M, b. circa 1778, d. 1820
Bartholomew Cosnahan|b. c 1778\nd. 1820|p68.htm|Joseph McDaniel Cosnahan|b. 24 Mar 1758|p70.htm|Henrietta McGee|b. c 1761|p71.htm|Joseph Cosnahan|b. c 1725|p72.htm|Sarah McDaniel|b. c 1730|p7917.htm|Capt. John McGee|b. bt 1720 - 1730\nd. c 1835|p8024.htm|Martha Andrews|b. c 1735|p8025.htm|
- Bartholomew Cosnahan was born circa 1778 in South Carolina.
- He married Sarah Crosland, daughter of Edward Crosland and Ann Snead, circa 1800 in Marlboro District, South Carolina.
- Bartholomew Cosnahan became a widower at the say 1813 death of his wife Sarah Crosland.
- He married Rebecca Crosland, daughter of Edward Crosland and Ann Snead, say 1815, after the death of her sister Sarah, earliest 1812..
- The record shows that Richard Carlisle bought 170-1/2 acres on the north side of the Great Pee Dee river for $125.00 from Bartholomew Cosnahan, Aug. 12, 1818, and 100 acres of land on the northeast side of the Great Pee Dee river and on Muddy Creek for $400.00 from Benjamin Stubbs, four years later, Mar. 12, 1822.
- His wife Rebecca Crosland became a widow at his death.
- Bartholomew Cosnahan died in 1820 before the 1820 census was taken on 7 August.
- Published in an 1878 History of Bennettsville: Just below the Old Court House, stands Evan's mill, a spot somewhat remarkable, being distinguished as the place where a cotton gin was first run by water, for the accommodation of the public. Mr. Bartholomew Cosnahan is said to have rented the water power and first applied it to that use. . . .
The name of Mr. Bartholomew Cosnahan having been introduced it is as well to give some account of his family also. He resided on the hill overlooking the swamp in the back part of the field now [1870s] cultivated by Mr. J. C. Powell. The house is now standing. It was a somewhat pretentious building for those times, being two stories high, with double piazza in front. He was twice married, and when he died, left his widow and two sons and two daughters surviving him. One of his sons, Edward J. Cosnahan, a graduate of the South Carolina College, died afterwards in Bennettsville. He was a young man of brilliant talents, and fully qualified to make his mark in the world, had his ambition led him in that direction. The other son Joseph, married in Virginia and after planting a few years in this county, removed to Texas, where his wife died. He afterwards returned to Virginia and married again, and not very long afterward died, leaving a widow and one child, who since the war have immigrated to Marlborough, to make their home. The two daughters married and settled in Alabama--so that this name also, has in the male line entirely disappeared. Mr. B. Cosnahan owned both sides of the road as you pass down by Mr. Powell's store, and his plantation at that time, was, for it size, one of the most valuable in the State. Sometime after his death his widow had a new house built in the corner of her field just opposite Mr. Powell's store, and removed there with her family, but before many years died leaving her children surviving her.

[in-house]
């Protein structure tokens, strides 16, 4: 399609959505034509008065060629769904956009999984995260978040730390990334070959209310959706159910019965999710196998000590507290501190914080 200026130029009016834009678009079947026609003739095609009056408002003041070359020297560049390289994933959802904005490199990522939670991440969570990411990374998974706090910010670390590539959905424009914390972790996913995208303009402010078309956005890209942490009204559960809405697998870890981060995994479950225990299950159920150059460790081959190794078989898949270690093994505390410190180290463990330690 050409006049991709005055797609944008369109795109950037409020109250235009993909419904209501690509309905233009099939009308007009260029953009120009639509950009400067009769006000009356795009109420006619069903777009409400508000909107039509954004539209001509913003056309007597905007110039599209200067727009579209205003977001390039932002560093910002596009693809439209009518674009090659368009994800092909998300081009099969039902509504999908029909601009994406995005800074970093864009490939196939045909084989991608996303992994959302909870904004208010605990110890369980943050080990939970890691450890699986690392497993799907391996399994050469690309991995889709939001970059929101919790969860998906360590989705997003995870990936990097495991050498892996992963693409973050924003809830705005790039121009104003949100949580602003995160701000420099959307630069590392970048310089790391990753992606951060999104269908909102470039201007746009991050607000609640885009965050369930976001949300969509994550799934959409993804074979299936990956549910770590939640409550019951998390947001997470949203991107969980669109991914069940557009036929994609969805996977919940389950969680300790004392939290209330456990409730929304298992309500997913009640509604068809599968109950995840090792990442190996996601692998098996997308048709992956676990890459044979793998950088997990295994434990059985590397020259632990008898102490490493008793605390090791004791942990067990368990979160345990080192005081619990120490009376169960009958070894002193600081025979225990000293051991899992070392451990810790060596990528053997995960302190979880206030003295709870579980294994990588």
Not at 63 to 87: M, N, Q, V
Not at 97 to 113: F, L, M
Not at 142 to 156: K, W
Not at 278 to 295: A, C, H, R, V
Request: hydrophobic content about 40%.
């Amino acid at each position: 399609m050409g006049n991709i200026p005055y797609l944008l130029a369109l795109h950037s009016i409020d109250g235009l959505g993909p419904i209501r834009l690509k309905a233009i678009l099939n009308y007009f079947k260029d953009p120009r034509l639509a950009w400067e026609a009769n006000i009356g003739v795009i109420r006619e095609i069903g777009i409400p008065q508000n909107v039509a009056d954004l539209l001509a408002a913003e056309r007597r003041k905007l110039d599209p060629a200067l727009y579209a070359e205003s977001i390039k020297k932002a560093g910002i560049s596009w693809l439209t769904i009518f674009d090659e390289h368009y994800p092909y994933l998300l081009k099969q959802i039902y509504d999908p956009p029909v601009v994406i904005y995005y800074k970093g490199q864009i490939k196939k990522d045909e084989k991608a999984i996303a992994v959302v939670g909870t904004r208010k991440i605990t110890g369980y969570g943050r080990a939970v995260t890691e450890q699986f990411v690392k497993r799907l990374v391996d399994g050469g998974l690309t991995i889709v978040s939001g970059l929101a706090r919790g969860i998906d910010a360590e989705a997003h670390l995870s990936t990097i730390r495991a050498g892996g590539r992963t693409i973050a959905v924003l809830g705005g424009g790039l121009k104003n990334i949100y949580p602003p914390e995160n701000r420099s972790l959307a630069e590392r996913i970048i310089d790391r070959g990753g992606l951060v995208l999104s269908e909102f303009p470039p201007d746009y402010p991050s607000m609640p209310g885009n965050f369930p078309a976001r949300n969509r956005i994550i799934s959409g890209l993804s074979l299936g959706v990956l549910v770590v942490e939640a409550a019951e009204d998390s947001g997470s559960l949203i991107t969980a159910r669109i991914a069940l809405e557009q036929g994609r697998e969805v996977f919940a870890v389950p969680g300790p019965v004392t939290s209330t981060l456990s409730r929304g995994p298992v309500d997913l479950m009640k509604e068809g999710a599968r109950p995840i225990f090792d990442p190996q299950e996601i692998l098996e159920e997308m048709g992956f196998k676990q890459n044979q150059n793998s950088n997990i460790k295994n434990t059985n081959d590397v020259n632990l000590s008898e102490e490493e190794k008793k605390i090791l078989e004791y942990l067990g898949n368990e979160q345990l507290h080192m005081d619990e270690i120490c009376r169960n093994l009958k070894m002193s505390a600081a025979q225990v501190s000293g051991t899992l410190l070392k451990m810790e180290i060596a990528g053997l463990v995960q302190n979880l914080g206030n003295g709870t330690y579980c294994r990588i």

Adjoining his plantation on the Marion road lived Mr. Alexander Lamb, who had a large family, and considerable estate--and opposite to him lived Mr. James Forniss. Both these names have also disappeared from this county. . . .
- Last Edited: 25 Sep 2011